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The Hidden Costs of Buying a Home

Posted on May 30, 2019

For the vast majority of people, stepping onto (and eventually moving up) the property ladder is a life goal. With rising house prices and strict affordability practices however, buying a property is becoming more difficult, and we haven’t even mentioned that hefty deposit you have to save! Your deposit isn’t the only expense that comes with purchasing a home of your own.

Buying a property is a rewarding experience that isn’t just a great move but an investment that could pay once you come to sell. Going into the property buying process with your eyes wide open is something we recommend to all our clients. One way to achieve this is by being aware of all the hidden, upfront costs that come with buying a property and putting extra money aside to cover these often overlooked expenses.

Stamp duty

Paying stamp duty is unavoidable when purchasing a property that costs more than £125,000 in England and Northern Ireland. The payment of stamp duty applies to both freehold and leasehold properties, whether you’re purchasing the property with the help of a mortgage or with cash. There are various bands of stamp duty. Whilst you’ll pay no stamp duty on the first £125,000, you’ll pay 2% on the next £125,000, 5% on the next £675,000 and 10% on the next £575,000. Properties priced above £1.5 million will be liable for 12% stamp duty on anything above this value.

If you’re a first time buyer, you’ll benefit from stamp duty relief, which will eliminate the cost of stamp duty for a large proportion of buyers. You pay no stamp duty on the first £300,000, which means a potential saving of up to £5,000!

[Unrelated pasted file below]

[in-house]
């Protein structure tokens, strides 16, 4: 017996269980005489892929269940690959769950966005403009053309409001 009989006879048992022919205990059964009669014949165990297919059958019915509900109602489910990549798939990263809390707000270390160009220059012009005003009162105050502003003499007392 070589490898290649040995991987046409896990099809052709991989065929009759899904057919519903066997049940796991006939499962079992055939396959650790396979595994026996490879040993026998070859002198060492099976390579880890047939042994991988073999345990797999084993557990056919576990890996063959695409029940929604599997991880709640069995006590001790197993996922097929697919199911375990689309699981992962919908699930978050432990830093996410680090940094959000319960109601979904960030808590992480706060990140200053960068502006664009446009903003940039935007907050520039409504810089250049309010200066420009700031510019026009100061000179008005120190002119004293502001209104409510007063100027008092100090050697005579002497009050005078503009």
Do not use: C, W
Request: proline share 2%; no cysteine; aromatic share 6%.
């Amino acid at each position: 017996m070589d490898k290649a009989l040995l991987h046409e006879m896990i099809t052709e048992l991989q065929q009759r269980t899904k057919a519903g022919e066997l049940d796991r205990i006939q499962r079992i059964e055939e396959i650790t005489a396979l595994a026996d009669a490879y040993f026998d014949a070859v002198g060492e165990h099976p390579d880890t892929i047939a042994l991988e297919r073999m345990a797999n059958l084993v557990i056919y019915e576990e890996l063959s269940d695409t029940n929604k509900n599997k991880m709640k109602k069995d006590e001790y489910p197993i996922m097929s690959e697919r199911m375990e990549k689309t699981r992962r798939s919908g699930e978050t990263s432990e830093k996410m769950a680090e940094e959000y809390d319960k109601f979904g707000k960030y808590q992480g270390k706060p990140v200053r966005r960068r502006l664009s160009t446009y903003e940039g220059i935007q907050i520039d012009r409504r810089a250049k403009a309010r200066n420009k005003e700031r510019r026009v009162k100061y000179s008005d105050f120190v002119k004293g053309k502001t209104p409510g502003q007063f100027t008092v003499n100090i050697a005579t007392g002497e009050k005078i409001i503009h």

If you’re using a mortgage to purchase your property, the lender will want to establish how much the property you intend to buy is worth before releasing the funds. Some mortgage lenders charge a valuation fee for this service, however many incentivise their products by offering a free or reduced valuation fee. Valuations start from £150.

There may be other fees associated with your mortgage product, so make sure you read the fine print. Booking and arrangement fees are common additions, but can usually be added to your mortgage.


A valuation will only confirm to your mortgage lender that the property you wish to buy is worth the price you’re offering to pay. Whilst it may give you a rough idea of the property’s condition, it won’t go into detail regarding the repairs or maintenance that may be required. Many buyers choose to commission an independent survey as a result.

Commissioning a survey is recommended, particularly if the property is an older or unconventional structure. Basic surveys are priced from £250 whilst more complex structural surveys start at £600.


When buying a property, you will enlist the help of a solicitor or conveyancer to deal with the legal bits that need to be completed as part of the purchase. Legal fees aren’t cheap though and must be paid on completion. For a purchase, legal fees start at £850. You will be expected to pay additional fees, such as local searches and electronic transfer fees, on top of this amount.

Now you’re aware of the hidden costs of buying, get started with your search for a new home with us today.